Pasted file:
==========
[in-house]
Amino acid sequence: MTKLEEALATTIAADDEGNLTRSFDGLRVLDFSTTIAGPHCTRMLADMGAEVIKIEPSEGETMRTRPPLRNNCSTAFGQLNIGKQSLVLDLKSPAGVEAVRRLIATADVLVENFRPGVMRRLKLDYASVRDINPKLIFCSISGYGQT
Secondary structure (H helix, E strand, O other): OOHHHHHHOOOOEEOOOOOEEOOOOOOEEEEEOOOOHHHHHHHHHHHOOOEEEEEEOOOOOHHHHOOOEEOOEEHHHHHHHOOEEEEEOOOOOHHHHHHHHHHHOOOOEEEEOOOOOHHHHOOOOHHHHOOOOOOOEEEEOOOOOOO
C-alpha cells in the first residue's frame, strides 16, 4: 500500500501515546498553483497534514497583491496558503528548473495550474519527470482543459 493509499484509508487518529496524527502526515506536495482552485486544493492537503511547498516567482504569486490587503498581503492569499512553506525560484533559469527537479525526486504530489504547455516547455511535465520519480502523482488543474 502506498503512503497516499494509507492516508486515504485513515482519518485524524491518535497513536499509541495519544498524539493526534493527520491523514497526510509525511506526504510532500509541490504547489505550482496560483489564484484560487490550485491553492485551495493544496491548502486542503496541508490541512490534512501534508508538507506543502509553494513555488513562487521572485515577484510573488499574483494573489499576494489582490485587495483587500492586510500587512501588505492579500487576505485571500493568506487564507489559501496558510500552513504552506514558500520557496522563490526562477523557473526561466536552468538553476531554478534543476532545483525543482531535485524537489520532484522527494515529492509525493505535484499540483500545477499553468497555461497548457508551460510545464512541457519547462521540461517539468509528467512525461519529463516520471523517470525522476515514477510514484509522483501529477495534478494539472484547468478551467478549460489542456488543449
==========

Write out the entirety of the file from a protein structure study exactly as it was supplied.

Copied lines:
[in-house]
Amino acid sequence: MTKLEEALATTIAADDEGNLTRSFDGLRVLDFSTTIAGPHCTRMLADMGAEVIKIEPSEGETMRTRPPLRNNCSTAFGQLNIGKQSLVLDLKSPAGVEAVRRLIATADVLVENFRPGVMRRLKLDYASVRDINPKLIFCSISGYGQT
Secondary structure (H helix, E strand, O other): OOHHHHHHOOOOEEOOOOOEEOOOOOOEEEEEOOOOHHHHHHHHHHHOOOEEEEEEOOOOOHHHHOOOEEOOEEHHHHHHHOOEEEEEOOOOOHHHHHHHHHHHOOOOEEEEOOOOOHHHHOOOOHHHHOOOOOOOEEEEOOOOOOO
C-alpha cells in the first residue's frame, strides 16, 4: 500500500501515546498553483497534514497583491496558503528548473495550474519527470482543459 493509499484509508487518529496524527502526515506536495482552485486544493492537503511547498516567482504569486490587503498581503492569499512553506525560484533559469527537479525526486504530489504547455516547455511535465520519480502523482488543474 502506498503512503497516499494509507492516508486515504485513515482519518485524524491518535497513536499509541495519544498524539493526534493527520491523514497526510509525511506526504510532500509541490504547489505550482496560483489564484484560487490550485491553492485551495493544496491548502486542503496541508490541512490534512501534508508538507506543502509553494513555488513562487521572485515577484510573488499574483494573489499576494489582490485587495483587500492586510500587512501588505492579500487576505485571500493568506487564507489559501496558510500552513504552506514558500520557496522563490526562477523557473526561466536552468538553476531554478534543476532545483525543482531535485524537489520532484522527494515529492509525493505535484499540483500545477499553468497555461497548457508551460510545464512541457519547462521540461517539468509528467512525461519529463516520471523517470525522476515514477510514484509522483501529477495534478494539472484547468478551467478549460489542456488543449